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Recent Examples on the Web: Noun Professor Sugiyama was right: There was less conflict as the monkeys spread out over a wide area to forage. Maciek Pożoga, Smithsonian Magazine, "What Japan’s Wild Snow Monkeys Can Teach Us About Animal Culture," 5 Jan. 2021 The birds dine exclusively on fish, usually shad and other small forage species. Matt Williams, Dallas News, "Uncommon scents: Anglers find smelly bait is a necessary evil to attract big catfish," 21 Nov. 2020 The males, left to forage, fed their families through a slit in the clay barrier. Yao-hua Law, The Atlantic, "Helmeted Hornbills Are Very Picky About Their Nests," 16 Dec. 2020 Reducing pressure on forage fish will strengthen global marine fisheries. Pallab Sarker, The Conversation, "Taking fish out of fish feed can make aquaculture a more sustainable food source," 14 Dec. 2020 This is the first research that has reported that these Eastern honeybee workers forage and use animal feces to defend themselves, and the team stated there's no evidence the bees use the poop for much else. Leah Asmelash, CNN, "Honeybees use poop to ward off those terrifying murder hornets," 9 Dec. 2020 Forest health experts help identify areas where Christmas trees can be cut, opening up forage for wildlife and allowing the remaining trees to grow larger. Morgan Hines, USA TODAY, "You can cut down your Christmas Tree from a National Forest. Here's how.," 2 Dec. 2020 Some non-native fish eaters such as salmon were deliberately introduced to eat non-native forage fish. Jason Treat, Magazine, "The disrupted food web," 17 Nov. 2020 This could well make these researchers the stewards of humanity’s future food supply, ensuring the resiliency of dietary staples like barley, wheat, and chickpeas, as well as forage crops like clover and alfalfa that are eaten by livestock. Matt Simon, Wired, "These Rare Seeds Escaped Syria's War—to Help Feed the World," 17 Nov. 2020 Recent Examples on the Web: Verb After that first month, the kids join their mama to forage for food. René A. Guzman, ExpressNews.com, "White-tailed deer: These icons of Texas roam most of the U.S.," 12 Jan. 2021 New research published in November in the journal Royal Society Open Science presents evidence that otters learn how to forage by watching other otters, Ailsa Chang reports for NPR. Theresa Machemer, Smithsonian Magazine, "Otters Solve Puzzles Faster After Seeing a Friend Do It First," 3 Dec. 2020 Predators often avoid the stinky, pretend carcasses, Collins said, allowing the possum to go forth and forage another day. Doug Maccash | Staff Writer, NOLA.com, "Close possum encounters: Freeloading, chicken thievery, playing dead until dead," 23 Dec. 2020 The fires also destroyed vegetation where bees forage for nectar and pollen. Nora Mishanec, SFChronicle.com, "Wildfires deal another blow to Northern California’s fragile bee populations," 28 Nov. 2020 Instead, head outside to forage for leaves and branches. Lia Picard, House Beautiful, "The Beginner's Guide to Creating a Picture-Perfect Tablescape," 30 Oct. 2020 They’ve been observed to forage more widely, extend trading networks and invest more time and energy in their tools and technology. Brian Handwerk, Smithsonian Magazine, "To Adapt to a Changing Environment 400,000 Years Ago, Early Humans Developed New Tools and Behaviors," 21 Oct. 2020 This remains a fine time to forage for apples and pumpkins. Ed Silverman, STAT, "Pharmalittle: Study finds remdesivir fails to prevent Covid-19 deaths; Trump’s $200 discount drug cards hit snags," 16 Oct. 2020 Let the coyotes forage for natural food away from your home and pets. Ernie Cowan, San Diego Union-Tribune, "Column evolves into an Ann Landers-of-sorts on the subject of nature," 17 Sep. 2020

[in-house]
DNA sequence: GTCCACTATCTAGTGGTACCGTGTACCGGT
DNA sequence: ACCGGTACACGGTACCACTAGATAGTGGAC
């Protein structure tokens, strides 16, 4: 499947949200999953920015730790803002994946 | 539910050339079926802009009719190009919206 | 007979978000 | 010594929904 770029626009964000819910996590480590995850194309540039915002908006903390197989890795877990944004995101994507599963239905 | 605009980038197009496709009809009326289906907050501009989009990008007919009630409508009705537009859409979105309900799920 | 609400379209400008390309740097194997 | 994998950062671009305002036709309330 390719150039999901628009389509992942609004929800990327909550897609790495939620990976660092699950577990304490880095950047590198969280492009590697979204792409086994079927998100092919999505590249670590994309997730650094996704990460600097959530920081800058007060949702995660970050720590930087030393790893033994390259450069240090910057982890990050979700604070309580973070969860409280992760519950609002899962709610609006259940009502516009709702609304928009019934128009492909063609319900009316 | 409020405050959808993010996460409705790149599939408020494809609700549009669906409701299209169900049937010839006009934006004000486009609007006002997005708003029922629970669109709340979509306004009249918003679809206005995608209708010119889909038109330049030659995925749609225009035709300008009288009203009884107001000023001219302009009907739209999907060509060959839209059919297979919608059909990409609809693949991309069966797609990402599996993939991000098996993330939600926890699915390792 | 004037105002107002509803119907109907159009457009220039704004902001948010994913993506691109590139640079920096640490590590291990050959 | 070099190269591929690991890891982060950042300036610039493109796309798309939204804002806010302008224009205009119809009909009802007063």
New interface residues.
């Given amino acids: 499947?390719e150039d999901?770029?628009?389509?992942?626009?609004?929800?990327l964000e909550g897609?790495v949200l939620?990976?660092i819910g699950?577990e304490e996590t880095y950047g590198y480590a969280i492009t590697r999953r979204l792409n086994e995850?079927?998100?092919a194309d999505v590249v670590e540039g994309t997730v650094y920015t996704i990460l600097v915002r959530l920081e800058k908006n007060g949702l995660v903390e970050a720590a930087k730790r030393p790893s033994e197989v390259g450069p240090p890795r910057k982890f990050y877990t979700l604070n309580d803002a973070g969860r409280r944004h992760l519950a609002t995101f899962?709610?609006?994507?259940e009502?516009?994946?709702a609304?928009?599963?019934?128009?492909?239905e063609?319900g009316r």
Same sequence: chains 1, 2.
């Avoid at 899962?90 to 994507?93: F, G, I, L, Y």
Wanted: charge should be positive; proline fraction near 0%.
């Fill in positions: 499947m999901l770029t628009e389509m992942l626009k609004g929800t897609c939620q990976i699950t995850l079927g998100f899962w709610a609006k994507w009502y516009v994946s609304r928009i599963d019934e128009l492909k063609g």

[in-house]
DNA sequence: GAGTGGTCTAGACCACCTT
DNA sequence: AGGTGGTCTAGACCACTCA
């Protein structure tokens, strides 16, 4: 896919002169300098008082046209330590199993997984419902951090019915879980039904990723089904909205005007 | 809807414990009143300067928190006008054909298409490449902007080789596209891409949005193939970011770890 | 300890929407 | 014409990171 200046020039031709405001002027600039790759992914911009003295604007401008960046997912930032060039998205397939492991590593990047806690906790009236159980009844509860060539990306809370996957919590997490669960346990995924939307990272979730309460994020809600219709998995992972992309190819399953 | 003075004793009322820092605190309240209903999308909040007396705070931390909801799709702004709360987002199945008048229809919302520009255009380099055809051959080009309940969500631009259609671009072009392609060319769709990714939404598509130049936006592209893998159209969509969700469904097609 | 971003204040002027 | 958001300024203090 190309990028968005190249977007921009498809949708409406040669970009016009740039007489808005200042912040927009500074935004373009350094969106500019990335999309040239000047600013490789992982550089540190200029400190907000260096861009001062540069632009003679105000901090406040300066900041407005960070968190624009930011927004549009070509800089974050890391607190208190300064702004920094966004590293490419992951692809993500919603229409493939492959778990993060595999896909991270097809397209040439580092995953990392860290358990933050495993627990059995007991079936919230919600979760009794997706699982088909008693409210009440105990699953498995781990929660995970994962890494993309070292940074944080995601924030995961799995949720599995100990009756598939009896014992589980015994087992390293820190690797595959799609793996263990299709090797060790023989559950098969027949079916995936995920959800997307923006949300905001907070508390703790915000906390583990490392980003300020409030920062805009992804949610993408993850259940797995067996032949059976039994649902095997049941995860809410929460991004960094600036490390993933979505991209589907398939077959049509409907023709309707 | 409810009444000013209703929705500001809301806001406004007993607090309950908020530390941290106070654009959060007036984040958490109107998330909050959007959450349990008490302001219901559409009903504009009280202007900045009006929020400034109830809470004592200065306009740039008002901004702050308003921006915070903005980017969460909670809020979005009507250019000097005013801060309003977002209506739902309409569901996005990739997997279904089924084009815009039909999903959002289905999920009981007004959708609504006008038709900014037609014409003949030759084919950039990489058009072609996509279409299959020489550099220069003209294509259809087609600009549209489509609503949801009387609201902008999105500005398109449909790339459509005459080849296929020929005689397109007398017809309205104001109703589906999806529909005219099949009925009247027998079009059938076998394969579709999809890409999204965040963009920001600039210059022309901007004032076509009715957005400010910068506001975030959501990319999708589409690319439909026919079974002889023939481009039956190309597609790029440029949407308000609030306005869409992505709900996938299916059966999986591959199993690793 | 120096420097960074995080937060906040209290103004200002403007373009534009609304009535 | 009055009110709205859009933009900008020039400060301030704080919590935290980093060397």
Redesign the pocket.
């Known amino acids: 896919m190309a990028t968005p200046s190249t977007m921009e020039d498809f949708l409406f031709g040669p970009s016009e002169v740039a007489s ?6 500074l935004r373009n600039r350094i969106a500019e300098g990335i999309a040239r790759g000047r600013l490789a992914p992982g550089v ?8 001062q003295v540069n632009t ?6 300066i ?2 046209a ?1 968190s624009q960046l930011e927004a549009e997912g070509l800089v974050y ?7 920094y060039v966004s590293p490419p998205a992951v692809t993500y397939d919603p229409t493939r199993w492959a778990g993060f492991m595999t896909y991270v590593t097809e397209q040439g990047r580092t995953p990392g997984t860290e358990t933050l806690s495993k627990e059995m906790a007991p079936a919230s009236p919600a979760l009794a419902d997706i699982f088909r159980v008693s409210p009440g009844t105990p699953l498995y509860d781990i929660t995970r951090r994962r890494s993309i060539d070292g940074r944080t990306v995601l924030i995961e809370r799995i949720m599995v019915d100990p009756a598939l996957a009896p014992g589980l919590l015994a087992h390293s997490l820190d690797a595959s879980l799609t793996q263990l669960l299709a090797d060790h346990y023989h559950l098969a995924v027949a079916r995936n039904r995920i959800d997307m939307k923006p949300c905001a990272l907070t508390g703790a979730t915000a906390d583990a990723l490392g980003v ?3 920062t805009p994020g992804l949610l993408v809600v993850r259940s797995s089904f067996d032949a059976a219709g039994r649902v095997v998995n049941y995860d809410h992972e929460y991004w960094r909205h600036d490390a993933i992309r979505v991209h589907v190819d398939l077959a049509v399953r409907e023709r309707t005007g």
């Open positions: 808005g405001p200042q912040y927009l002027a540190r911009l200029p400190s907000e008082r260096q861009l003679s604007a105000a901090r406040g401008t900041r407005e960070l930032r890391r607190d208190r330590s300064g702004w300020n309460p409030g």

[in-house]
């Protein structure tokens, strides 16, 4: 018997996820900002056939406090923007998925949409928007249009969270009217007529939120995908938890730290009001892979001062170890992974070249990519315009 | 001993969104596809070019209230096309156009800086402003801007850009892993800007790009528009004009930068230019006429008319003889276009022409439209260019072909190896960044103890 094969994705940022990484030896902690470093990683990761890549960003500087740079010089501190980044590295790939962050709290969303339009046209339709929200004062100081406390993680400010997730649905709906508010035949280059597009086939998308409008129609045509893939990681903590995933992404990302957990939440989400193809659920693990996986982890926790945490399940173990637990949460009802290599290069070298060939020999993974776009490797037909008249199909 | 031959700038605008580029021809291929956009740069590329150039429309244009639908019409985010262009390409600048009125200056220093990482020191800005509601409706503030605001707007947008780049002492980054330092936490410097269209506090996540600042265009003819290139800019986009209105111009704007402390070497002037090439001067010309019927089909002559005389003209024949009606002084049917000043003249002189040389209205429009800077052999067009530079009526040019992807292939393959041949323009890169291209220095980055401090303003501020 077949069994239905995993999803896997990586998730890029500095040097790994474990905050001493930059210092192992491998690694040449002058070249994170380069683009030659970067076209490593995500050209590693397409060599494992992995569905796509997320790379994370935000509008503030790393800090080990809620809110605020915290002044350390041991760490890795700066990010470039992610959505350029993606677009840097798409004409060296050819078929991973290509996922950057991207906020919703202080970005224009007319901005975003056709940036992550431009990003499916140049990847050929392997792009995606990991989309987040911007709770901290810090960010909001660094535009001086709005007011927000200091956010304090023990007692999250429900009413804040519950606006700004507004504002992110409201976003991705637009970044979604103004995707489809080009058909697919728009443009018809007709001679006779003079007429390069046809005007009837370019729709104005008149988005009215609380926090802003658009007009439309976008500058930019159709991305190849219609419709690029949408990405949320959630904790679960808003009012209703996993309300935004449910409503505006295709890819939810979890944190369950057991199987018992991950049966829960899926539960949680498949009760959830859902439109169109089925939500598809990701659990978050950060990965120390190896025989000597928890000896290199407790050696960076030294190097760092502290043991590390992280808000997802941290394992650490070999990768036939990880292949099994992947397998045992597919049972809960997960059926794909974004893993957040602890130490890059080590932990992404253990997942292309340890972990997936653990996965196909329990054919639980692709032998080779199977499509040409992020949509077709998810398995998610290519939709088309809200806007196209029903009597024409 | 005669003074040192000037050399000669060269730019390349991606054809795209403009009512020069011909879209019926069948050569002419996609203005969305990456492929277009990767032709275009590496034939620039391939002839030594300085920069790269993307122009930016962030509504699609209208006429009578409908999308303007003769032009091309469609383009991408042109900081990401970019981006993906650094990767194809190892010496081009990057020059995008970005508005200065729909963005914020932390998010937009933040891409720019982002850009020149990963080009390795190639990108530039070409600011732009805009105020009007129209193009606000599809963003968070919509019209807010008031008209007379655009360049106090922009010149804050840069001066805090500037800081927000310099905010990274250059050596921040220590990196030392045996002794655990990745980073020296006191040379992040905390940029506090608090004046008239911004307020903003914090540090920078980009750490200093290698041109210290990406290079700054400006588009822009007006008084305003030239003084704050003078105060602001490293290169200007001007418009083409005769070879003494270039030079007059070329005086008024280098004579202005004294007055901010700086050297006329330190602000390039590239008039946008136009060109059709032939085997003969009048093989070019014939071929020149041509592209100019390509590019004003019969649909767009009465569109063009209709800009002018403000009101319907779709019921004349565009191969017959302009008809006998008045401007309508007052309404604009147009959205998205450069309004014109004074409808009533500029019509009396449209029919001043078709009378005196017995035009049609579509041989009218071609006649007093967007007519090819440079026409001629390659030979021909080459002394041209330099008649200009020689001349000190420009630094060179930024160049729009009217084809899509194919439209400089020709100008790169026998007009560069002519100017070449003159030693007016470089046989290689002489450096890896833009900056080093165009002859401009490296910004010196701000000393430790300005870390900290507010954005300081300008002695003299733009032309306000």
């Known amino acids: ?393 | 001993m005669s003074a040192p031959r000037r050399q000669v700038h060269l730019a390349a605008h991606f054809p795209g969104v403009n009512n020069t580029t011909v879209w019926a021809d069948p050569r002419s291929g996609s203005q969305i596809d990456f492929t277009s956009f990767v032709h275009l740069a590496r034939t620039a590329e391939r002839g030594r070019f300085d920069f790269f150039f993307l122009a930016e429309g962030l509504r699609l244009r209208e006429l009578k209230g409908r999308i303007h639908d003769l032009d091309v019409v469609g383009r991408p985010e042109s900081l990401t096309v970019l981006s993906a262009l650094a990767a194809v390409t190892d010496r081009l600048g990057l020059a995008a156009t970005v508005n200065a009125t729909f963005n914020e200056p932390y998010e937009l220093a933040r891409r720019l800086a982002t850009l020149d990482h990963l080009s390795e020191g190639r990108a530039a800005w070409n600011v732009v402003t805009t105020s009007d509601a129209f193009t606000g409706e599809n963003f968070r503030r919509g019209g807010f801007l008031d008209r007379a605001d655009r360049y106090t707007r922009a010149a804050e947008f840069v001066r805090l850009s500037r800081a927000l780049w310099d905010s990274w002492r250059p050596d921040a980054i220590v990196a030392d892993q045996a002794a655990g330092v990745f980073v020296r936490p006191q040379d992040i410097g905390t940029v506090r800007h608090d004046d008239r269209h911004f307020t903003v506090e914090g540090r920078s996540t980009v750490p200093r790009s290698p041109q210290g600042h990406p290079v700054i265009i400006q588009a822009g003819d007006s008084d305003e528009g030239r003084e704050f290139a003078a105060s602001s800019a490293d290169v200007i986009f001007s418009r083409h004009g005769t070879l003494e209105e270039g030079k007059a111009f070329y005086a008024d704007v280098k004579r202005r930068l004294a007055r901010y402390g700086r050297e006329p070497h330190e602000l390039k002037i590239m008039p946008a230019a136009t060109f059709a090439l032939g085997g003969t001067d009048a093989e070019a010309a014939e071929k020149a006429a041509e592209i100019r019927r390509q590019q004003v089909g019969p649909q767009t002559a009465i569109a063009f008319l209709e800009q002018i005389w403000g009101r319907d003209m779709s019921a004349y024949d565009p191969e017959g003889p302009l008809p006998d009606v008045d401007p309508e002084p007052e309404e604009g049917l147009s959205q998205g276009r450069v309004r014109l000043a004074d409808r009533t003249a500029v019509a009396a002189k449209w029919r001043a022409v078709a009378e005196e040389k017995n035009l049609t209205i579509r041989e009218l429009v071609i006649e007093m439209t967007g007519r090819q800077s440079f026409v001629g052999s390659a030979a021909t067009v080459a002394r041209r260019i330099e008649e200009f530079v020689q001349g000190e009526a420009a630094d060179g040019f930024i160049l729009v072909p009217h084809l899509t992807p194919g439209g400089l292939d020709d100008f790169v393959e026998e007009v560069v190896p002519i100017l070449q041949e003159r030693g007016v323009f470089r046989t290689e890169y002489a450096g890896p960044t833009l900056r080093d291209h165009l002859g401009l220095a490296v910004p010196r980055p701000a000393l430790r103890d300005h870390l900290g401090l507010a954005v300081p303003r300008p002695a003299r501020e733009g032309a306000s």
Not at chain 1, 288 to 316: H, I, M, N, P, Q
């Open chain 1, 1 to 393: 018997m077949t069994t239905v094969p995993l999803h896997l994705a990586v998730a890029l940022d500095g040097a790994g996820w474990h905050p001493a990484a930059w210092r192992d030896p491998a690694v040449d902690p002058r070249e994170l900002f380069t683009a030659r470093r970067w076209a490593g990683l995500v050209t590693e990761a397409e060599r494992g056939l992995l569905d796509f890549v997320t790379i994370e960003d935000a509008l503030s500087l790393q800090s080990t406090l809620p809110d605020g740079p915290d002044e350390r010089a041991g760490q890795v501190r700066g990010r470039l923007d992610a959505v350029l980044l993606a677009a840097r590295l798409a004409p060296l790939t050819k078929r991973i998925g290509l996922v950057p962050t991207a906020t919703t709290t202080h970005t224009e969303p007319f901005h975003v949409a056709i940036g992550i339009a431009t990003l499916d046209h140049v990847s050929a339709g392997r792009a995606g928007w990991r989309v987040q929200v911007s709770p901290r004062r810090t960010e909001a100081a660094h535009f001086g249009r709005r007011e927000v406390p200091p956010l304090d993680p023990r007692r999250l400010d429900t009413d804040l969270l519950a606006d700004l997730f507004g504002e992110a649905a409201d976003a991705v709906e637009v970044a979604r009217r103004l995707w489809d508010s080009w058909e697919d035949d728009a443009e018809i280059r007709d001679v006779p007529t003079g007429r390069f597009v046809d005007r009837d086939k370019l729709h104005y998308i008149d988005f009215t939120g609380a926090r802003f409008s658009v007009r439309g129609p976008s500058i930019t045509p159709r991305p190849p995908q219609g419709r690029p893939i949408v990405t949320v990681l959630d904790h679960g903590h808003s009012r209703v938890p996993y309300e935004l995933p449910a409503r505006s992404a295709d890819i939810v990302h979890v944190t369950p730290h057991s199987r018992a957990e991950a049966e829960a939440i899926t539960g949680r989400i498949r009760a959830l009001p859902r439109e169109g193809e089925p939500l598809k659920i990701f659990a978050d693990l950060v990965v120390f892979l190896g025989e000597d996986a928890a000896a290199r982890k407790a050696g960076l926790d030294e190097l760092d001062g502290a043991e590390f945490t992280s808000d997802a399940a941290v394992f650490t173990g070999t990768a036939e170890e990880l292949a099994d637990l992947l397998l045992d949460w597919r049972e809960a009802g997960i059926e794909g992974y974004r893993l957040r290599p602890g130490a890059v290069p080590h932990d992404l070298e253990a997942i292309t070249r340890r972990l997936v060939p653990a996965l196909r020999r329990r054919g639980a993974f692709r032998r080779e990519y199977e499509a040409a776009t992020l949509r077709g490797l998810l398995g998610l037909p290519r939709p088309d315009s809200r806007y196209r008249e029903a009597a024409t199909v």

These example sentences are selected automatically from various online news sources to reflect current usage of the word 'forage.' Views expressed in the examples do not represent the opinion of Merriam-Webster or its editors. Send us feedback.